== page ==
It’s harder than it looks.
Los Angeles Times columnist James Rainey takes a gander at ESPN’s foray into the city’s sports market and comes up with some telling observation. Namely, in the words of one unnamed “insider,” the network expected more than the 2.7 million unique visitors to its Los Angeles-branded site.
Additionally, local sites in Boston, New York, Dallas, and Chicago are struggling to gain a foothold.
The Worldwide Leader has stiff competition, not just from local newspapers, radio, and television, but also from other national outlets such as SBNation.com and Bleacherreport.com. These properties, designed for the Internet, are smaller and quicker than ESPN. They can adjust to trends in reporting and, more importantly, Web design faster. As Rainey points out, “The experience verified a truism of Internet journalism – that scoops and brilliant writing can be nice but that user convenience often wins the day.” (Granted, he’s using that point to argue ESPN’s iPhone apps will help gain traction, but the argument works against the slow-moving company as well.)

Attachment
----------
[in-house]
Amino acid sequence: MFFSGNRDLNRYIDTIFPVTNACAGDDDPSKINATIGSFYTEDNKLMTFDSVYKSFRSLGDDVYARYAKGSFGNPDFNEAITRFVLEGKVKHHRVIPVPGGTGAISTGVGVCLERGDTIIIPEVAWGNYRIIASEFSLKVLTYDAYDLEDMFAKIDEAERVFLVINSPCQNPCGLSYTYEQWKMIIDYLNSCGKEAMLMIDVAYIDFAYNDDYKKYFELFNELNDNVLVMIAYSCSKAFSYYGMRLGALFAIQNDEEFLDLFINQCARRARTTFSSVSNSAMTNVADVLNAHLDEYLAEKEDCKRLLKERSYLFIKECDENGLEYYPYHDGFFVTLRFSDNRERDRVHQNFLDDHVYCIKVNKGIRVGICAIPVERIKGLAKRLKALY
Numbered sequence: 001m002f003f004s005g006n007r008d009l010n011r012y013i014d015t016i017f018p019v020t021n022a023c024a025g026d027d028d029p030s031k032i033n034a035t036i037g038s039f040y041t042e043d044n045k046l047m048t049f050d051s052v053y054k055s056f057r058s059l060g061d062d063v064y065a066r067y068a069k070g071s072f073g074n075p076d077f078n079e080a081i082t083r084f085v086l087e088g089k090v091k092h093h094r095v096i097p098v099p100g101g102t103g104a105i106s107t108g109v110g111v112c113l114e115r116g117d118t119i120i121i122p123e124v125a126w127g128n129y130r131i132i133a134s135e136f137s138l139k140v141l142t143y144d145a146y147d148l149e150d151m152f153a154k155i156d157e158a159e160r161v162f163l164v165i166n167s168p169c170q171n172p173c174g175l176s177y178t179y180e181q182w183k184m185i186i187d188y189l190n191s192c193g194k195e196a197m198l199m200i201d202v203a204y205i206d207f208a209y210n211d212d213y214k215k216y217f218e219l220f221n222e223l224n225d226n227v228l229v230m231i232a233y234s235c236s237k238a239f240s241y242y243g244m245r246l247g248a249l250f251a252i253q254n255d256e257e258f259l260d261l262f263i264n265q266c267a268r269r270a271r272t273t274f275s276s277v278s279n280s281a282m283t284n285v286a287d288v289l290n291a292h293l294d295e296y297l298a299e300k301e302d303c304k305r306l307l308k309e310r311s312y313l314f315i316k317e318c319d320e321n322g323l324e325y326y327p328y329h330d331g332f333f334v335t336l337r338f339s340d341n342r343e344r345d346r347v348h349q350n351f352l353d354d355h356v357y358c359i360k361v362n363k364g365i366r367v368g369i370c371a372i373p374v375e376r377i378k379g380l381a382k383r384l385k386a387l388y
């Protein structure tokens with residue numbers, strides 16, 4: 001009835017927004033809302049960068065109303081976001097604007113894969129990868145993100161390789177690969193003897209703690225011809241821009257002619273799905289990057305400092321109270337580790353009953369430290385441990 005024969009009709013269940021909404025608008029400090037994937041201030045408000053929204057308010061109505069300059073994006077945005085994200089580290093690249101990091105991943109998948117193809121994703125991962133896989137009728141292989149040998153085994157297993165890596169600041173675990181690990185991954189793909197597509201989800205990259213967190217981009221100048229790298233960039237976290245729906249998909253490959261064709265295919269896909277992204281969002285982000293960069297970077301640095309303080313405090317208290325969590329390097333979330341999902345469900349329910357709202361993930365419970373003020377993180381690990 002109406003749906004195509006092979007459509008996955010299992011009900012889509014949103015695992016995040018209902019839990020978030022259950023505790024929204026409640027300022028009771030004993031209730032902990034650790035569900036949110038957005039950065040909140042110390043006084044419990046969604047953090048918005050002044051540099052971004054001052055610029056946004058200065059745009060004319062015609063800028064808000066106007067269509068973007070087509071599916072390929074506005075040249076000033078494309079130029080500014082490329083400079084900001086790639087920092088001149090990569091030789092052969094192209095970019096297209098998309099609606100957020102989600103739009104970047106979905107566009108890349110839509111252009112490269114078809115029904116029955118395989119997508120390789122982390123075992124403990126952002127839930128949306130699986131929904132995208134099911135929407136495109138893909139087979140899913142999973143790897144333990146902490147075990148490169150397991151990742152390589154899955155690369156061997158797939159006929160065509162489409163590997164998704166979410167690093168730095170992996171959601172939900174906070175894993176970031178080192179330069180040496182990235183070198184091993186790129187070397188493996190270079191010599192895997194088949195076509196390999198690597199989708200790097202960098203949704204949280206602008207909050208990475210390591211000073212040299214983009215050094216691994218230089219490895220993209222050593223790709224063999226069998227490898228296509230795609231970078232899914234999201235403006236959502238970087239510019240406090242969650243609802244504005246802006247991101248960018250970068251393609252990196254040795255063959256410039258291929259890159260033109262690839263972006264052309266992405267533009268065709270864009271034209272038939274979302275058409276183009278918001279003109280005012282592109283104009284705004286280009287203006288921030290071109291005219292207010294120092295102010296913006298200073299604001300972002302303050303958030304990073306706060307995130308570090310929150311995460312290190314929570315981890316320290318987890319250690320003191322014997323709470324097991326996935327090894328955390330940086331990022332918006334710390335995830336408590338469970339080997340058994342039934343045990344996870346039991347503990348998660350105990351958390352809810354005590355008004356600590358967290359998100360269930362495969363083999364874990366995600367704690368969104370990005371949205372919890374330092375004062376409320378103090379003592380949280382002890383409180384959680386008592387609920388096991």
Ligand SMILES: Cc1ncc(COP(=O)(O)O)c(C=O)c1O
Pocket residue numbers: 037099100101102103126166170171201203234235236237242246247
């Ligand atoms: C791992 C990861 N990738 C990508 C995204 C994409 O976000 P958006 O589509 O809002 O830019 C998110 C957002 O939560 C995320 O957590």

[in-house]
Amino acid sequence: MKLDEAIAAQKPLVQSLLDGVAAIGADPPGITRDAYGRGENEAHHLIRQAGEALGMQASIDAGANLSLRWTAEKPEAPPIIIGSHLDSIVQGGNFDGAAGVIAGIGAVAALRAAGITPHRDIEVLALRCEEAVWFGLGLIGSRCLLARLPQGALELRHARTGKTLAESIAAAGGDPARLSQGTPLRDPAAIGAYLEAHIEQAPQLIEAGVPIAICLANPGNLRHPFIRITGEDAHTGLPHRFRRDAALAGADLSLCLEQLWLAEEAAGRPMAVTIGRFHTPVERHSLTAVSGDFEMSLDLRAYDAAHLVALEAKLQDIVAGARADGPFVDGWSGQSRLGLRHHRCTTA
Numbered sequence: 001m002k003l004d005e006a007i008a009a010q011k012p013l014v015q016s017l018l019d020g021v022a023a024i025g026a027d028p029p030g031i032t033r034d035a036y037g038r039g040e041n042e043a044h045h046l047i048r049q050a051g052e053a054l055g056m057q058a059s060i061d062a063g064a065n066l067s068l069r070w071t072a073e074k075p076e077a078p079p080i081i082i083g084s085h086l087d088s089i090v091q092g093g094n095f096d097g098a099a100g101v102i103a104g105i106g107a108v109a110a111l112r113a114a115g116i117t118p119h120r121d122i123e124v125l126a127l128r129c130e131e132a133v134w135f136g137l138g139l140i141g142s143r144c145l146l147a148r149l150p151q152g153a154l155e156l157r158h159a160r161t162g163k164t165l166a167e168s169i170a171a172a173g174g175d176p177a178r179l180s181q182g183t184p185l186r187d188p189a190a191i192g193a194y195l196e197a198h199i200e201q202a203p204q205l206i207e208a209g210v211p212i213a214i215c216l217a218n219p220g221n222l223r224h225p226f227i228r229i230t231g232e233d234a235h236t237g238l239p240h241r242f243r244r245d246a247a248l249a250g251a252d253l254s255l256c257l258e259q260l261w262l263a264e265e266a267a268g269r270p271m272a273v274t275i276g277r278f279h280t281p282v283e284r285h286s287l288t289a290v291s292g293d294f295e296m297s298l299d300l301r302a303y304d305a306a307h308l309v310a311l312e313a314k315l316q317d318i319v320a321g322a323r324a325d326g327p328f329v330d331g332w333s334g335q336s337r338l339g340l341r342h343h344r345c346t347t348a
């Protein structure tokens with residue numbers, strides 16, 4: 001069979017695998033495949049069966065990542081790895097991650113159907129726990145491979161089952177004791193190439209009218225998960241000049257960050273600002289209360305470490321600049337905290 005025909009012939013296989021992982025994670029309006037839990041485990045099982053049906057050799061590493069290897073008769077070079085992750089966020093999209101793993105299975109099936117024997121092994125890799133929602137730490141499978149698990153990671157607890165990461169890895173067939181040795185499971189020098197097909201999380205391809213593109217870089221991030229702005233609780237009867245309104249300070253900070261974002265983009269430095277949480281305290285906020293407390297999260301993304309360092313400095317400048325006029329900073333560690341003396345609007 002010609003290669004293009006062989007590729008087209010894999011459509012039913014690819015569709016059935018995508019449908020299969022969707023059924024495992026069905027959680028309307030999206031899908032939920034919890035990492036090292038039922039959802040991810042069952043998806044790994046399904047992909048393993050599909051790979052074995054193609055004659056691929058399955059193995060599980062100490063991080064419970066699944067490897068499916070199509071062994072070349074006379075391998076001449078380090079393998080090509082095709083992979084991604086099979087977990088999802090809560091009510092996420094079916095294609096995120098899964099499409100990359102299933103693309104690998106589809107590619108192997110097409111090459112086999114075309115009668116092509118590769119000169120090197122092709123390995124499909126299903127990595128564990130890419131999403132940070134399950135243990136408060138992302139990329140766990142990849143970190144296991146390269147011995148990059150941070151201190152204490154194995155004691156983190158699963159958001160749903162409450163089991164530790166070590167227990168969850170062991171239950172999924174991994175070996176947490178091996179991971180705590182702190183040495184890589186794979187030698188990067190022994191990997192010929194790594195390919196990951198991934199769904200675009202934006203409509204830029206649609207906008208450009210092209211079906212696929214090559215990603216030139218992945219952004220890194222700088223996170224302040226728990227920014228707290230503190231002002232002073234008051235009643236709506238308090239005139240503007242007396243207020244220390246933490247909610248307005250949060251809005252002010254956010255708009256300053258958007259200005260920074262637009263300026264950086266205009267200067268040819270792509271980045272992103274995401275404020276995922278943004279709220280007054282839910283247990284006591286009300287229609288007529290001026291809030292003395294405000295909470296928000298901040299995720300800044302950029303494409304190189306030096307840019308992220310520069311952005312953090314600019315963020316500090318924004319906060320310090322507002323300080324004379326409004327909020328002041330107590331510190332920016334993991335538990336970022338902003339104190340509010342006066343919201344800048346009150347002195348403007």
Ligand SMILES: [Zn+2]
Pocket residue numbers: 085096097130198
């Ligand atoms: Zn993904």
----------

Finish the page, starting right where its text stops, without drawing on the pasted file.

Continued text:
Local markets are a growth market in the sports world. But ultimately, it’s hard to see ESPN keeping up the experiment long enough to succeed. They have bigger issues on their plate.